Dock Of The Bay by Otis Redding
Ranked 161/500 on Rolling Stone Magazine's 500 Greatest Albums of All Time.
When Otis Redding recorded "(Sittin' On) The Dock of the Bay" in late 1967, the singer knew that the song was a milestone in his creative evolution. But before Redding got the chance to explore his new direction, he was killed, along with most of his backup band the Bar-Kays, in a plane crash while on tour. Released just a few weeks after his death, the song shot to Number One on the Pop and R&B charts, eventually winning Redding a pair of posthumous Grammy awards. The album bearing the song's title was assembled by the singer's frequent collaborator Steve Cropper, who played guitar on nearly all of Otis' Stax sessions as well as co-writing "Dock of the Bay" and countless other songs with Redding. Drawing mainly from unreleased and little-heard tracks spanning Redding's three-year Stax career, the album demonstrates the depth and breadth of his talent, while hinting at what might have been. This exact reproduction of this original Stax label LP is mastered from the original stereo tapes and pressed on pristine High-Definition vinyl.
1. (Sittin' On) The Dock Of The Bay
2. I Love You More Than Words Can Say
3. Let Me Come On Home
4. Open The Door
5. Don't Mess With Cupid
6. The Glory Of Love
7. I'm Coming Home
9. The Huckle-Buck
10. Nobody Knows You (When Your Down And Out)
11. Ole Man Trouble
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Vinyl records are able to capture the purest quality of recorded music in true form. This is possible because the initial recording is captured on an analog source (usually tape) for the ultimate in High Fidelity sound, it is then pressed onto virgin vinyl. Analog recordings capture the bottom end (or bass) while adding sweetness to the high end (or treble) better than any digital recording ever could. Analog systems are still commonly used before they are digitally transferred to CD. This means that the sound then is altered in the transfer process when CD's are produced. The word fidelity means accuracy and faithfulness. High Fidelity sound is faithful to the original sound made by the artist, capturing maximum accuracy of what was intended for the listener to hear. Vinyl records capture those sounds for the ultimate High Fidelity listening experience!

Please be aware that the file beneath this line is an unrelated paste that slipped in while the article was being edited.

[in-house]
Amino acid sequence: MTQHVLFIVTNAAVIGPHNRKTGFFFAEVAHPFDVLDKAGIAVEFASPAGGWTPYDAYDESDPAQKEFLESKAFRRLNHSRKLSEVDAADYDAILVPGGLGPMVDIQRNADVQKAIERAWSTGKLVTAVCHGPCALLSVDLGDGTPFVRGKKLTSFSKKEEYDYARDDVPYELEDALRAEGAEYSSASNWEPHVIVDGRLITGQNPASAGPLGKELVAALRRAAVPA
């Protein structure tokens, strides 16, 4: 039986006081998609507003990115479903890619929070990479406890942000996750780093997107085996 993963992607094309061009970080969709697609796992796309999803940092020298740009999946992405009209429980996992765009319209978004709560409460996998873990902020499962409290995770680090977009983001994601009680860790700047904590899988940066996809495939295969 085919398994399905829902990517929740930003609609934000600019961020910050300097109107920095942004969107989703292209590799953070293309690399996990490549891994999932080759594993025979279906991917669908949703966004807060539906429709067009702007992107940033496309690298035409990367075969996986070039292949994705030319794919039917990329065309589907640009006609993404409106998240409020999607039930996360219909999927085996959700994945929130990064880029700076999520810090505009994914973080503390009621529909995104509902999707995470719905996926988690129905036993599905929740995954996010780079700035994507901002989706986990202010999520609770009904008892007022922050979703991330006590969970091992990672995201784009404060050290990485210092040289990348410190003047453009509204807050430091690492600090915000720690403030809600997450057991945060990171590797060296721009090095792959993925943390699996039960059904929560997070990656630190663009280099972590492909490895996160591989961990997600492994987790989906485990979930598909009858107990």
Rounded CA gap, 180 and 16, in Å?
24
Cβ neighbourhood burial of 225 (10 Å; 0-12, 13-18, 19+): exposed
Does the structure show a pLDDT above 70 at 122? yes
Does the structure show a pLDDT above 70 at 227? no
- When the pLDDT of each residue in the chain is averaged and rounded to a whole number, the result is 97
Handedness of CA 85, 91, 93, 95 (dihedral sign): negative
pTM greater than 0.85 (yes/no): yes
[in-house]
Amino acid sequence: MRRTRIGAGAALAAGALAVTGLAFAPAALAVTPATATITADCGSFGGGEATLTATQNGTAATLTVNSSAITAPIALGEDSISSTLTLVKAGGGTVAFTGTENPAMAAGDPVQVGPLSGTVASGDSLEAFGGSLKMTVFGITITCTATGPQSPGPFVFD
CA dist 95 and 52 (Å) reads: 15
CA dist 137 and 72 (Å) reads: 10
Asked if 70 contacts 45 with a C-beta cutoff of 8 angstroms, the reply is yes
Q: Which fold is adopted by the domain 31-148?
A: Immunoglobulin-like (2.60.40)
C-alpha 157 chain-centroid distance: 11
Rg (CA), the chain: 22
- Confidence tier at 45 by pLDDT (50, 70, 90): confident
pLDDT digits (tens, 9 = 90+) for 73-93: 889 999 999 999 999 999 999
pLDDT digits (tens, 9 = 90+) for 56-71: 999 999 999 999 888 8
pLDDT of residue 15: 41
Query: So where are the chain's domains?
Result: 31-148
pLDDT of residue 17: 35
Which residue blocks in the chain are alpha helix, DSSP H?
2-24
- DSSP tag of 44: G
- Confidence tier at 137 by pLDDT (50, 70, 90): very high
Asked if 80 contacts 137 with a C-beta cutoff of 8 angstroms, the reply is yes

180/200 GRAM Vinyl LP
These vinyl records are produced with 180 or 200 grams of high definition premium grade virgin vinyl. This is a higher quality audiophile pressing than the typical vinyl record of 100-120 grams. These limited edition LP's are manufactured with the hi-fi enthusiast in mind. A 180 or 200 gram LP is sometimes also referred to as an audiophile pressing, there is a higher bass response and an even warmer High Fidelity sound. 180 or 200 grams LP's are typically manufactured in limited amounts and are considered collectables, commanding a higher price.
Typically, a vinyl reissue is a repressing of an original LP, usually extracted from the recording's master-tapes. In some cases, reissues are remastered to lower surface noise and improve overall sonics. Reissues help preserve the music of an original recording, especially when original LPs become unavailable or can no longer be found. Reissues can be pressed on a variety of thickness from 150 gram to 200 gram and offer a great opportunity for records collectors to own many classic recordings.